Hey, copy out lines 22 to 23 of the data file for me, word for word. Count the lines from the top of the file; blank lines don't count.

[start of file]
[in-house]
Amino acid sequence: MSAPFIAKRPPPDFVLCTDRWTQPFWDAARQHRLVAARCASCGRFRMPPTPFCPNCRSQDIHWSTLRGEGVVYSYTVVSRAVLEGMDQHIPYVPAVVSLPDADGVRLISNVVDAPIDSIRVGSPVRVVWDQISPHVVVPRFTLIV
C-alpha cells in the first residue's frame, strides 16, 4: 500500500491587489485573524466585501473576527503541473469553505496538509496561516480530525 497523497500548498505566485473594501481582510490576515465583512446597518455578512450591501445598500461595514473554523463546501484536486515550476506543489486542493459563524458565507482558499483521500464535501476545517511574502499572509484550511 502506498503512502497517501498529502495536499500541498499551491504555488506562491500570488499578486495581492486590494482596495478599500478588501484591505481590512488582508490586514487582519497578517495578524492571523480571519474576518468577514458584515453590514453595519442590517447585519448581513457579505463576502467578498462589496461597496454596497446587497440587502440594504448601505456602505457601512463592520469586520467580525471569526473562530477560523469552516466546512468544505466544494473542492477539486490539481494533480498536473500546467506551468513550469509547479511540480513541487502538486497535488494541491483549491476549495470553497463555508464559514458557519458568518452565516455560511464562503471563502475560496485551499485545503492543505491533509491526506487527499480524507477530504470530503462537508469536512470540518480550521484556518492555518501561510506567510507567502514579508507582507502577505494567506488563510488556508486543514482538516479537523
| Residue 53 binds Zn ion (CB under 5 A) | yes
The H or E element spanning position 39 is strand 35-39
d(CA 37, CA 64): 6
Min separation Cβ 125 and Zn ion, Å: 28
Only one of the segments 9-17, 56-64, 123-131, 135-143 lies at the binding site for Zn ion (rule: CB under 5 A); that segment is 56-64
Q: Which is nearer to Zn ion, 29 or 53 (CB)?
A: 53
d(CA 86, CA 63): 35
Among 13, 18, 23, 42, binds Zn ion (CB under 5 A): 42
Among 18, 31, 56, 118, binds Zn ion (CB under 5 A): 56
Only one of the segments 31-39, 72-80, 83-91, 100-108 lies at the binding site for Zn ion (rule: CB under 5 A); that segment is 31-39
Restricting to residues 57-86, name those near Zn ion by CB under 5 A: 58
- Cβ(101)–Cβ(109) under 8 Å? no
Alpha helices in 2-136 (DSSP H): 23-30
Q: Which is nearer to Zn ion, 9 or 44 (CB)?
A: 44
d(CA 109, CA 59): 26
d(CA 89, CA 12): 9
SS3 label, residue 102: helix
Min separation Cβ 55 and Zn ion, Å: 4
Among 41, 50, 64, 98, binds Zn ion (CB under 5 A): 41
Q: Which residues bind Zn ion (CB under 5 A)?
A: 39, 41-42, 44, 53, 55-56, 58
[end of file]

SS3 label, residue 102: helix
Min separation Cβ 55 and Zn ion, Å: 4